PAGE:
Product Name:          (b)(4) Cough & Chest Congestion Relief
Ingredients Listed on Label: “Active Ingredient: Eucalyptus Oil 0.775%
Statements Found on Label: “Cough & Chest Congestion Relief” “Temporarily helps to sooth irritation due to coughing.”
In order for OTC cough, cold, allergy, bronchodilator, and antiasthmatic drug products, which includes products for cough and chest congestion relief, to be generally recognized as safe and effective and not misbranded, and thus be marketed without an approved NDA, they must meet the requirements of the final monograph for Cold, Cough, Allergy, Bronchodilator, and Antiasthmatic Drug Products for OTC use, 21 CFR Part 341. (b)(4) Cough & Chest Congestion Relief is an unapproved new drug because it does not meet this final monograph. Specifically, the product contains eucalyptus oil as an active ingredient, which is not included in the final monograph as an acceptable oral active ingredient for these indications. Therefore, as formulated and labeled,  (b)(4) Cough & Chest Congestion Relief is not generally recognized as safe and effective, and is a new drug under section 201(p) of the Act [21 U.S.C. § 321(p)]. Under section 505(a) of the Act [21 U.S.C. § 355(a)], a new drug may not be introduced or delivered for introduction into interstate commerce unless it is the subject of an FDA-approved application.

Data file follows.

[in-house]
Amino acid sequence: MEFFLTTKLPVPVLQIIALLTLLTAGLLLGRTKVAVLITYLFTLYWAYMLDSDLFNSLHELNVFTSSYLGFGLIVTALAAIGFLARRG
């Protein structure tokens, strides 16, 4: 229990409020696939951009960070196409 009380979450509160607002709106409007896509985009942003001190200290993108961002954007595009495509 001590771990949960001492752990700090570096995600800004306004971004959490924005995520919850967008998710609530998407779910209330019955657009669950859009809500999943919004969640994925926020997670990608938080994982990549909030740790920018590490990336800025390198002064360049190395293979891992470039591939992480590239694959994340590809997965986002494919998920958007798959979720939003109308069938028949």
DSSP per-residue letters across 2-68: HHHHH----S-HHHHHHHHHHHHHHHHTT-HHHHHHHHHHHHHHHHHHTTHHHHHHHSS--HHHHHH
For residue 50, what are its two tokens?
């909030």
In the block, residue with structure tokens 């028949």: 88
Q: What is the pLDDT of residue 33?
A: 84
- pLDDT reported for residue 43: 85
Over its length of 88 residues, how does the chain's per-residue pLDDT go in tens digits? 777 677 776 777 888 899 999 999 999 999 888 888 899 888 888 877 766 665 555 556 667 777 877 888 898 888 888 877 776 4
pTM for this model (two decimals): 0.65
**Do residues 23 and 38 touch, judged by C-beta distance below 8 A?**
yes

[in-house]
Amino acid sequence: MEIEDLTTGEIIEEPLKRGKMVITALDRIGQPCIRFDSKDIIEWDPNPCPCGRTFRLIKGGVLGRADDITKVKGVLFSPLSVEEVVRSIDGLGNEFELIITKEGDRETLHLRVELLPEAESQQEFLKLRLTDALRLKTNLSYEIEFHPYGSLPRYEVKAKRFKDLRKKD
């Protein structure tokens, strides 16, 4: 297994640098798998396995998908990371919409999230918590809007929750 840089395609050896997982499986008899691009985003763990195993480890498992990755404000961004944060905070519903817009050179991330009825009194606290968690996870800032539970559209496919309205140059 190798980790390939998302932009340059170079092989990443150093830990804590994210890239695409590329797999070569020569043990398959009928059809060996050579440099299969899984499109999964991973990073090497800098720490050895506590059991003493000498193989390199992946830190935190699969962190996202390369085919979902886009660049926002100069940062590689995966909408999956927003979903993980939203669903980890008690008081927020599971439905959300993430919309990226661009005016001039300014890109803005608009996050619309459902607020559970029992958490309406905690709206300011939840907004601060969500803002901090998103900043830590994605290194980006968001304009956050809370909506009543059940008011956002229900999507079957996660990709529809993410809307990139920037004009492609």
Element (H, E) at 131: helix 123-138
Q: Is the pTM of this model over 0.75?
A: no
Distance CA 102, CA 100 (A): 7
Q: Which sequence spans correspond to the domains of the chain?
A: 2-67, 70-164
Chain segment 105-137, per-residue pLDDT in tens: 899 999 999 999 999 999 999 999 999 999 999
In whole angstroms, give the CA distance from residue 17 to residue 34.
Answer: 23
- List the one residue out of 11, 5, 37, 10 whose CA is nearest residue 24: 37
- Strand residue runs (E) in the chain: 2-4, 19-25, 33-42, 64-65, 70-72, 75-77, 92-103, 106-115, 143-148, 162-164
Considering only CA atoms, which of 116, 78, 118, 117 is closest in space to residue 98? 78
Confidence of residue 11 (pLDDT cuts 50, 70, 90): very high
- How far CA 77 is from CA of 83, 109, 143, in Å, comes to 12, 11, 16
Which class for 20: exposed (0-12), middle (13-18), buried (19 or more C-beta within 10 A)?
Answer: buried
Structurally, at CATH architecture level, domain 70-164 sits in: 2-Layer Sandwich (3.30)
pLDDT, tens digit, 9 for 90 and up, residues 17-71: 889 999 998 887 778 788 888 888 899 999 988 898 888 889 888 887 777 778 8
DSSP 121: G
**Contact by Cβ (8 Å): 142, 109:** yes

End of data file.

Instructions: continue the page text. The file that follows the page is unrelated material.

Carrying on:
(b)(4) Cough & Chest Congestion Relief is also misbranded under section 502(c) of the Act [21 U.S.C. § 352(c)] because it is not labeled in accordance with the “Drug Facts” labeling requirements as described in 21 C.F.R. § 201.66.
Product Name:          Permanent Hair Removal System
Statement Found on Label:    “FDA Compliant”
In accordance with section 502(a) of the Act [21 U.S.C. § 352(a) of the Act), (b)(4) System is misbranded because the statement, “FDA Compliant” is both false and misleading. Such a statement connotes FDA approval or at the least that FDA has reviewed the product for compliance. OTC drug products are approved only if they are the subject of a FDA approved application while OTC drug products covered by FDA’s OTC Drug Review are not approved by the agency nor does the Agency certify compliance. Therefore, the inclusion of “FDA Compliant” on your product’s label is false and misleading and renders your product misbranded under 502(a) of the Act.
It should be noted that a convenience kit (i.e., a kit comprised of one or more drugs) must be fully labeled regarding the drugs in that kit and must comply with any labeling requirements relevant to each individual product within the kit. If the drug is covered by an OTC drug monograph, the kit must include all of the labeling specified by that monograph. If the drug in the kit is the subject of an approved NDA, the kit must include all of the labeling specified by that NDA. If the drug is deferred to the OTC Drug Review, but not yet the subject of a final monograph or rule, the kit must include all of the labeling needed for the OTC drug to remain covered by the OTC Drug Review.